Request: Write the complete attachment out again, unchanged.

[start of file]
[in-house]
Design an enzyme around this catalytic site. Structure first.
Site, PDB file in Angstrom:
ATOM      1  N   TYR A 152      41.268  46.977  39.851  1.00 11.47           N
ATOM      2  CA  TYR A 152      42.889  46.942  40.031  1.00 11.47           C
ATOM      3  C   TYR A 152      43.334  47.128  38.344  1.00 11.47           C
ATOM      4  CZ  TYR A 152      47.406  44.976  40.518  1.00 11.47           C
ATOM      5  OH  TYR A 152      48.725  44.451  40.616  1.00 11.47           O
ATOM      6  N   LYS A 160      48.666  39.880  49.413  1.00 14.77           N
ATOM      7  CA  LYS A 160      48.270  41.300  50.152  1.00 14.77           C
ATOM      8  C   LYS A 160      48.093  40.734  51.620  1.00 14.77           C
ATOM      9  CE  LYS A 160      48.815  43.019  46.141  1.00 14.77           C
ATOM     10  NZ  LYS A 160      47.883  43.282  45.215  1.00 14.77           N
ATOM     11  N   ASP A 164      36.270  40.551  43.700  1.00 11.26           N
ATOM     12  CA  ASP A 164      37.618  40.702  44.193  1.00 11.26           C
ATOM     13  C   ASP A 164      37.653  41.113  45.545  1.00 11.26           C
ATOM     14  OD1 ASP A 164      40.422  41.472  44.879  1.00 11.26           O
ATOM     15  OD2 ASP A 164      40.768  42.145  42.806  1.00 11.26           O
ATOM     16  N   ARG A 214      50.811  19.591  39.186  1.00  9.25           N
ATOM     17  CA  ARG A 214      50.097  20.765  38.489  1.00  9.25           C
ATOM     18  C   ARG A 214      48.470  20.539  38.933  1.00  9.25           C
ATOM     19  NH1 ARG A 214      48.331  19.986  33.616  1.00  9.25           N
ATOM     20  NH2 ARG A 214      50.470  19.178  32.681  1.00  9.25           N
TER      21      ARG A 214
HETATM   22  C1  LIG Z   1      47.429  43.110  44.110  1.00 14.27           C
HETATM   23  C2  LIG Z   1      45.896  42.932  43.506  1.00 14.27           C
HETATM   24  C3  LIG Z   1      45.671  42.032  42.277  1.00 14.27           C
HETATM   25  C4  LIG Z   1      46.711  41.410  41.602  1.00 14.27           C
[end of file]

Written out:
[in-house]
Design an enzyme around this catalytic site. Structure first.
Site, PDB file in Angstrom:
ATOM      1  N   TYR A 152      41.268  46.977  39.851  1.00 11.47           N
ATOM      2  CA  TYR A 152      42.889  46.942  40.031  1.00 11.47           C
ATOM      3  C   TYR A 152      43.334  47.128  38.344  1.00 11.47           C
ATOM      4  CZ  TYR A 152      47.406  44.976  40.518  1.00 11.47           C
ATOM      5  OH  TYR A 152      48.725  44.451  40.616  1.00 11.47           O
ATOM      6  N   LYS A 160      48.666  39.880  49.413  1.00 14.77           N
ATOM      7  CA  LYS A 160      48.270  41.300  50.152  1.00 14.77           C
ATOM      8  C   LYS A 160      48.093  40.734  51.620  1.00 14.77           C
ATOM      9  CE  LYS A 160      48.815  43.019  46.141  1.00 14.77           C
ATOM     10  NZ  LYS A 160      47.883  43.282  45.215  1.00 14.77           N
ATOM     11  N   ASP A 164      36.270  40.551  43.700  1.00 11.26           N
ATOM     12  CA  ASP A 164      37.618  40.702  44.193  1.00 11.26           C
ATOM     13  C   ASP A 164      37.653  41.113  45.545  1.00 11.26           C
ATOM     14  OD1 ASP A 164      40.422  41.472  44.879  1.00 11.26           O
ATOM     15  OD2 ASP A 164      40.768  42.145  42.806  1.00 11.26           O
ATOM     16  N   ARG A 214      50.811  19.591  39.186  1.00  9.25           N
ATOM     17  CA  ARG A 214      50.097  20.765  38.489  1.00  9.25           C
ATOM     18  C   ARG A 214      48.470  20.539  38.933  1.00  9.25           C
ATOM     19  NH1 ARG A 214      48.331  19.986  33.616  1.00  9.25           N
ATOM     20  NH2 ARG A 214      50.470  19.178  32.681  1.00  9.25           N
TER      21      ARG A 214
HETATM   22  C1  LIG Z   1      47.429  43.110  44.110  1.00 14.27           C
HETATM   23  C2  LIG Z   1      45.896  42.932  43.506  1.00 14.27           C
HETATM   24  C3  LIG Z   1      45.671  42.032  42.277  1.00 14.27           C
HETATM   25  C4  LIG Z   1      46.711  41.410  41.602  1.00 14.27           C